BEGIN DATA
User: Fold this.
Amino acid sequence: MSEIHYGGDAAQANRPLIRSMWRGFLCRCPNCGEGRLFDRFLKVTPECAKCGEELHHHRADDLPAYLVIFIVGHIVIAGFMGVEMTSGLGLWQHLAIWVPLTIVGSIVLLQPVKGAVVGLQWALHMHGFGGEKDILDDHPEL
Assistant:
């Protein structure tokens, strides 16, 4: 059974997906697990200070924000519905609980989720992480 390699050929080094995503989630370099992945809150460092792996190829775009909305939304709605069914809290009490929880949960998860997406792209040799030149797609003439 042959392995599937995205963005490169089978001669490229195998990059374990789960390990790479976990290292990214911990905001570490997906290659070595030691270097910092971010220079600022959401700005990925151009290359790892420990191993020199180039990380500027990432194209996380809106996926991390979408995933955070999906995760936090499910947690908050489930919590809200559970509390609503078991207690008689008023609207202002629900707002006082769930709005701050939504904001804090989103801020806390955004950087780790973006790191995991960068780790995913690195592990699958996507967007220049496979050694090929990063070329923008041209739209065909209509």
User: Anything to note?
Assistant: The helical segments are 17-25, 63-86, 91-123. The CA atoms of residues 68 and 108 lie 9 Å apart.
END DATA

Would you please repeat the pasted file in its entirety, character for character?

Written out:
User: Fold this.
Amino acid sequence: MSEIHYGGDAAQANRPLIRSMWRGFLCRCPNCGEGRLFDRFLKVTPECAKCGEELHHHRADDLPAYLVIFIVGHIVIAGFMGVEMTSGLGLWQHLAIWVPLTIVGSIVLLQPVKGAVVGLQWALHMHGFGGEKDILDDHPEL
Assistant:
């Protein structure tokens, strides 16, 4: 059974997906697990200070924000519905609980989720992480 390699050929080094995503989630370099992945809150460092792996190829775009909305939304709605069914809290009490929880949960998860997406792209040799030149797609003439 042959392995599937995205963005490169089978001669490229195998990059374990789960390990790479976990290292990214911990905001570490997906290659070595030691270097910092971010220079600022959401700005990925151009290359790892420990191993020199180039990380500027990432194209996380809106996926991390979408995933955070999906995760936090499910947690908050489930919590809200559970509390609503078991207690008689008023609207202002629900707002006082769930709005701050939504904001804090989103801020806390955004950087780790973006790191995991960068780790995913690195592990699958996507967007220049496979050694090929990063070329923008041209739209065909209509």
User: Anything to note?
Assistant: The helical segments are 17-25, 63-86, 91-123. The CA atoms of residues 68 and 108 lie 9 Å apart.